Contact: Dan Hubbard at (202) 783-9360 or firstname.lastname@example.org
WASHINGTON, DC, December 29, 2006 – National Business Aviation Association (NBAA) President and CEO Ed Bolen today issued a letter alerting NBAA Members to a directive, issued by the Federal Aviation Administration (FAA), concerning “operational control,” a term used to describe the systems and procedures involved in the safe and legal operation of an aircraft.
The new FAA guideline, known as operation specification, or “OpSpec,” A008, will be issued to Part 135 operators within 60 days from receipt of notification by the air carrier’s principal inspector, and by March 15, 2007, at the latest. OpSpec A002 also has been revised by the FAA to contain new definitions.
An accident in 2005 involving complex and confusing aircraft owner and charter arrangements brought the issues surrounding operational control under heightened scrutiny from the FAA. The agency discovered that, in some cases, the lack of clarity in an agreement prompted uncertainty about the qualifications of the parties involved with the operation of an aircraft. The document issued by the FAA today outlines detailed specifications concerning what constitutes an appropriate, or inappropriate, operational control relationship.
“One thing is for certain – it has never been clearer that charter operators must retain operational control of all charter flights at all times,” Bolen’s letter states. “FAA has been aggressively pursuing enforcement actions against charter operators who have relinquished, surrendered, or lost operational control. Don’t let this happen to you.”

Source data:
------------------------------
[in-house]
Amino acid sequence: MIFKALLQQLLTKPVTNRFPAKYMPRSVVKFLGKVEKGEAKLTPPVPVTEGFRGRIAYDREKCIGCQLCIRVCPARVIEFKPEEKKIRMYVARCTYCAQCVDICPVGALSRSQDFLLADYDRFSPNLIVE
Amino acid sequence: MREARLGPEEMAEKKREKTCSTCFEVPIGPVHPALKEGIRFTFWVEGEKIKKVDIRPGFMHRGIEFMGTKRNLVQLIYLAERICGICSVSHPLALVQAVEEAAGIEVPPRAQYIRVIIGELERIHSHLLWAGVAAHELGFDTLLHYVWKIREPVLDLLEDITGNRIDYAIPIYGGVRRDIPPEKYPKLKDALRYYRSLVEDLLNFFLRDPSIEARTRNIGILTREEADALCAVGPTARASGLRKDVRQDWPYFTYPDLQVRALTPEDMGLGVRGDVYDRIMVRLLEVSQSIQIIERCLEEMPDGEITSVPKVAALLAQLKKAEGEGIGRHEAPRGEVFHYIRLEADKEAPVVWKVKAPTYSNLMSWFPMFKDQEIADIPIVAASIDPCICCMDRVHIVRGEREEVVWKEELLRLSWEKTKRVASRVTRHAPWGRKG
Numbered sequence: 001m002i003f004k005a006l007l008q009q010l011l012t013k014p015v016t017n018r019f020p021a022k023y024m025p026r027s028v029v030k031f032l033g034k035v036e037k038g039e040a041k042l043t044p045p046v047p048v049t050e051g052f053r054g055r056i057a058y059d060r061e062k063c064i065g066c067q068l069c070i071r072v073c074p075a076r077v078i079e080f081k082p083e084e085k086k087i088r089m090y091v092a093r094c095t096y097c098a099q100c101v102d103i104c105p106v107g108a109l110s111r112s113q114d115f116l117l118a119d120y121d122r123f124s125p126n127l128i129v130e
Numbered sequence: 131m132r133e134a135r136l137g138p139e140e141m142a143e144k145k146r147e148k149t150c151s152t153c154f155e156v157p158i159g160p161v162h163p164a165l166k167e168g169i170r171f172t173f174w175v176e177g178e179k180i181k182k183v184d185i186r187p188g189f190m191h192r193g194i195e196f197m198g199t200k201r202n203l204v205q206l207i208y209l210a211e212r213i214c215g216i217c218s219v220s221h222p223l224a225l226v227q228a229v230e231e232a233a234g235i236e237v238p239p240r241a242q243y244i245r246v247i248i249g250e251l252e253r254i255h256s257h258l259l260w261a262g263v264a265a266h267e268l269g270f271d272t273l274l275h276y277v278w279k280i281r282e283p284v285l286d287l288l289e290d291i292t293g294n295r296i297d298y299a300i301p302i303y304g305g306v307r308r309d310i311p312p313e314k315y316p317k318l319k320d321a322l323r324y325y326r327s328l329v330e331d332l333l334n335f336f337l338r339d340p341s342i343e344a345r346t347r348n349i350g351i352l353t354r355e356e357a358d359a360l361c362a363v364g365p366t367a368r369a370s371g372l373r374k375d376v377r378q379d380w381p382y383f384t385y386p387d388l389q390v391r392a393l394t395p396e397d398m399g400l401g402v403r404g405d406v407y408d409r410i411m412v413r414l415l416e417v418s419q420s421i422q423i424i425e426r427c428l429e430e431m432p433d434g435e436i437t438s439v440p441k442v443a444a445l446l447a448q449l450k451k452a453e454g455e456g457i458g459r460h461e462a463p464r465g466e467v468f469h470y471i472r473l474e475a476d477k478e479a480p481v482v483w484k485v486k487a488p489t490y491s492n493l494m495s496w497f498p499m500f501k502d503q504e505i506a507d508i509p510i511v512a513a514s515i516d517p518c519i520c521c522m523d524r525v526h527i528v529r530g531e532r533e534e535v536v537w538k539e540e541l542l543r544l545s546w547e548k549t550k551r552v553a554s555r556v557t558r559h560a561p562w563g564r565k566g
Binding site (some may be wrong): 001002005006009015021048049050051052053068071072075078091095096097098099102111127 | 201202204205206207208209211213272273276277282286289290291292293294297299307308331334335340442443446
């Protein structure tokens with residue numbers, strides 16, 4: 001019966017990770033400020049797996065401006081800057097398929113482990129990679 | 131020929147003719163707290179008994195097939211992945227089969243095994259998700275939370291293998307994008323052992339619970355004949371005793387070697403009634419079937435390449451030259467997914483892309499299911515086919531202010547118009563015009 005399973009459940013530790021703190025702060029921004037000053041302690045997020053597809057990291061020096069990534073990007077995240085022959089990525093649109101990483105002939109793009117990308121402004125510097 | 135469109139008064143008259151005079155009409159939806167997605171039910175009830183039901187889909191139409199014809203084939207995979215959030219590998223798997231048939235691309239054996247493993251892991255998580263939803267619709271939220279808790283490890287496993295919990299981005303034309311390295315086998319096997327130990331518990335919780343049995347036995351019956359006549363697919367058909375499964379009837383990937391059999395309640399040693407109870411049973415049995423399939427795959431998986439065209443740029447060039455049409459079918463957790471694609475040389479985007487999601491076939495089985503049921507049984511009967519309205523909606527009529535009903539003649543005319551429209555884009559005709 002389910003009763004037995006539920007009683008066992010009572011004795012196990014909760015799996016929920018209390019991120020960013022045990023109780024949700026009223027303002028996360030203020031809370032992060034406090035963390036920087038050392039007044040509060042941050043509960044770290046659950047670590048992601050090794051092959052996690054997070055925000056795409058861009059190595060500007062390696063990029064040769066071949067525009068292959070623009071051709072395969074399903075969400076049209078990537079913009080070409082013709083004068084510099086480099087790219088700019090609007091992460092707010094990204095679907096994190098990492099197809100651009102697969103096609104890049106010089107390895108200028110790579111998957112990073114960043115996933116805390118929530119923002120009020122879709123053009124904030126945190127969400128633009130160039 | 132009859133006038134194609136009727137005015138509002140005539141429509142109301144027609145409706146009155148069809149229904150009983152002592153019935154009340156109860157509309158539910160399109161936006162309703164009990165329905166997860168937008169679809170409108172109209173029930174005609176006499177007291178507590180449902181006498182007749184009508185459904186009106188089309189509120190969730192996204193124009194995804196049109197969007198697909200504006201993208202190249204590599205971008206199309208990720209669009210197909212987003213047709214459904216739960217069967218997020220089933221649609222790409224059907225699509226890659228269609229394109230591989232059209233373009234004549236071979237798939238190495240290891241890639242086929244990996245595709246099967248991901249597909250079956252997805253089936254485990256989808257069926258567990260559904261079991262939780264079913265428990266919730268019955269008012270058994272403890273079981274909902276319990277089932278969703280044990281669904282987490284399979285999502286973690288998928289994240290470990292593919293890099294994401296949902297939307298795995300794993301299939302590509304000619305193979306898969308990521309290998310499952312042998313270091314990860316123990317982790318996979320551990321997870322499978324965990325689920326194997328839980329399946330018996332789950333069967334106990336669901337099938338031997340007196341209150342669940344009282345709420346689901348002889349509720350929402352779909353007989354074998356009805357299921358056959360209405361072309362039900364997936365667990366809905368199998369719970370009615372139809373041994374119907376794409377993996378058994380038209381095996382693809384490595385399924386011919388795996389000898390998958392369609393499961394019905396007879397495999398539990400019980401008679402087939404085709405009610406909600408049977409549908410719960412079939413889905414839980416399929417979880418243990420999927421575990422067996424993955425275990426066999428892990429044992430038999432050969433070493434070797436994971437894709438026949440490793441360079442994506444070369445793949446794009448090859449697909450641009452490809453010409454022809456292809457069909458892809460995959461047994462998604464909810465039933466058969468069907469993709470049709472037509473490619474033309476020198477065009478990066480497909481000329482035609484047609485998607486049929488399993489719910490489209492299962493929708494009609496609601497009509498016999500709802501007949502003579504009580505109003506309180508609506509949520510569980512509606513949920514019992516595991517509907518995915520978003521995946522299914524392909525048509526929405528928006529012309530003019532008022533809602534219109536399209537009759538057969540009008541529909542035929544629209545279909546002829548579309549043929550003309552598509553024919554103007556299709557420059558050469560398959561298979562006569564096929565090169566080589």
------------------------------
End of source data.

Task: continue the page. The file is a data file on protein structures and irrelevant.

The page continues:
Bolen’s letter makes the following recommendations:
- Charter companies should conduct a thorough review of their operational control systems and explain what “operational control” means for aircraft owners, pilots, charter brokers and others involved in a charter operation.
- Aircraft owners should understand and adhere to limitations placed on their involvement with a charter company’s control of aircraft and crew used in charter operations.
As the FAA developed the guidelines issued today, NBAA coordinated a series of meetings between NBAA Members and FAA officials to ensure that the voice of the business aviation community was heard on the issue of operational control, and that policies concerning the matter would be effective and workable. FAA officials listened to many of the industry’s concerns and incorporated a number of them into the revised OpSpec A008.
“While NBAA succeeded in removing the particularly harmful provisions in the draft OpSpec, and securing a significantly improved final document, the FAA could not make every change for which NBAA advocated because of existing regulations and long-standing regulatory interpretations,” Bolen’s letter continues. “NBAA will closely monitor this [situation] and address our Members’ on-going concerns with the FAA.”
In the coming weeks, NBAA’s staff and volunteer Committee members will publish additional resources to assist the Association’s Membership in understanding and complying with OpSpec A008. In the meantime, information about it is available on NBAA’s web site at http://web.nbaa.org/public/ops/part135/wetlease/.
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Founded in 1947 and based in Washington, DC, the National Business Aviation Association, Inc. (NBAA) is the leading organization for companies that rely on general aviation aircraft to help make their businesses more efficient, productive and successful. The Association represents more than 7,000 companies and provides more than 100 products and services to the business aviation community, including the NBAA Annual Meeting & Convention, the world’s largest civil aviation trade show. Learn more about NBAA at www.nbaa.org.